There are two major political and legal issues concerning homosexuals. They are gay marriage and homosexuals in the military. Same-sex marriage is an attempt by many to provide official recognition and all its attendant legal rights to gay and lesbian couples. Many countries such as Belgium, Canada, Norway, South Africa and Spain already do this. Some in this country have suggested that the word “marriage” be confined to a religious context and prefer the term “civil unions” for the legal contract. Religious communities then according to their own beliefs, rules and degree of openness can, if they choose, perform same sex marriages as do Spiritus Christi in Rochester, New York and Unitarian Universalist Congregations.
Harvard Law Professor Alan Dershowitz argues that a clear distinction between a religious marriage and a civil union (even though a couple could certainly have both) would “strengthen the wall of separation between church and state by placing a sacred institution entirely in the hands of the church while placing a secular institution under state control.” Many disagree, however, claiming that equating marriage with a legal agreement would diminish heterosexual marriage. Politicians playing to the prejudice of voters like to say that same sex unions would threaten the sanctity of the traditional marriage of a man and woman. That hasn’t happened in Belgium or Norway, but if politicians are so anxious to preserve the sanctity of marriage why not sponsor legislation to allow divorce only after a waiting period and mandatory marital counseling? Don’t hold your breath. Such legislation would not fare well in focus groups.
Another practical issue is prejudice against gays in the military. President Clinton attempted to change it. He couldn’t. His “don’t ask, don’t tell” policy was no change at all. Miller said it was a bad policy with disastrous consequences. It forced homosexuals and bisexuals in the military farther back in the closet. Unlike the United States most western militaries accept gays. Of the twenty-six countries with armed forces in NATO, more than twenty permit homosexuals to serve openly. Canada after an extensive study has dropped its military ban on gays. Israel allows gays and lesbians to serve openly. None of these armed forces have experienced the lack of cohesion and demoralization that our military brass claim would happen if we allowed gays to openly serve. Ironically, as recruitment for the military becomes more difficult, the army is accepting recruits with less education and more with criminal records -- but not gays and lesbians if they are out of the closet.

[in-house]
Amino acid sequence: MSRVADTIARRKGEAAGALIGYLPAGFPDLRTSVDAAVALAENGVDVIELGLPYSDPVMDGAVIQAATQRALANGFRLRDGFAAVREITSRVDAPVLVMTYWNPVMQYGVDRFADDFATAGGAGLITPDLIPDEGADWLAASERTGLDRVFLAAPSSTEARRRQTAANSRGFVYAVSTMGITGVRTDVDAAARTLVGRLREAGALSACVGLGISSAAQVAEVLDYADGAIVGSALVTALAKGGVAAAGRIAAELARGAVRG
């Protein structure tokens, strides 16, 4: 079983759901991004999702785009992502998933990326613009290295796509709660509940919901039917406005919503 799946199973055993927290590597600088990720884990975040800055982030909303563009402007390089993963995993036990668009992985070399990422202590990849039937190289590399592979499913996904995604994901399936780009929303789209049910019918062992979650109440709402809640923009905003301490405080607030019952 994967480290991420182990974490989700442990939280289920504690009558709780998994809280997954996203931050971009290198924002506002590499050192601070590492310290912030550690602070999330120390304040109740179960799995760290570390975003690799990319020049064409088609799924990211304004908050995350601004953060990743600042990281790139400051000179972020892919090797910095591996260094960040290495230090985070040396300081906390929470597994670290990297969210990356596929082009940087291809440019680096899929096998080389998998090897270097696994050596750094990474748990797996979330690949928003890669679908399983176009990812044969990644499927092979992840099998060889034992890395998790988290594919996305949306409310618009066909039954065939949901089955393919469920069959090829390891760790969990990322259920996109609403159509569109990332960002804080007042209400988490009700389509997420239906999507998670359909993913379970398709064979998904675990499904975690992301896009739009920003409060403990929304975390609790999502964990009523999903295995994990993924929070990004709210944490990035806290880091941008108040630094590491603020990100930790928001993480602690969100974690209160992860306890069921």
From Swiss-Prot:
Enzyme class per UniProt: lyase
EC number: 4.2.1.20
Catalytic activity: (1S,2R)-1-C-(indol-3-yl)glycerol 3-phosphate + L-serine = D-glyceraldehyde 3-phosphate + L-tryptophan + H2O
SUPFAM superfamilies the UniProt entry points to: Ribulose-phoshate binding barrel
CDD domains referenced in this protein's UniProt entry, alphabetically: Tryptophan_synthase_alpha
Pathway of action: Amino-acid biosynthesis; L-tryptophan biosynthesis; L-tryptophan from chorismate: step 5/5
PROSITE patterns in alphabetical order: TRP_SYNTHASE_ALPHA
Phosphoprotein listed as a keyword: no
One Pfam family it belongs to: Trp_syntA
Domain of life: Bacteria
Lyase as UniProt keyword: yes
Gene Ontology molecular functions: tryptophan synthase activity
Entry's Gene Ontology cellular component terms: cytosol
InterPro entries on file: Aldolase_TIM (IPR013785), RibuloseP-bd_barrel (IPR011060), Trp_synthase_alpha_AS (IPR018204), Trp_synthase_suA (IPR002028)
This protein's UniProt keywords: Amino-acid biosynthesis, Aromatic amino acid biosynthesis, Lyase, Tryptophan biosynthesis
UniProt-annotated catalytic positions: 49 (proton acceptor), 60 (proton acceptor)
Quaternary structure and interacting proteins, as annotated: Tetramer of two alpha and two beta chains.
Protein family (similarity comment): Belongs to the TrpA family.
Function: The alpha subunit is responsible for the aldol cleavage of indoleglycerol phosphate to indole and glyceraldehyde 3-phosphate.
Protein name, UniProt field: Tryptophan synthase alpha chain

Judy Miler has made her son Matt's crucifixion redemptive. The entire world has repudiated the hate crime that murdered him. His mother has channeled her grief into an educational crusade to replace hate with understanding, compassion and justice. She has established the Matthew Shepard Foundation. Visit its Website at www.matthewshepard.org.
Daniel O'Rourke is a married Catholic priest. Retired from the administration at SUNY Fredonia, he lives in Cassadaga, NY. His column appears in the Observer, Dunkirk, NY on the second and fourth Thursday each month. He has published "The Spirit at Your Back," a book of previous columns. You may purchased it or send comments to firstname.lastname@example.org.
8002 Frisbee Road
Cassadaga, NY 14718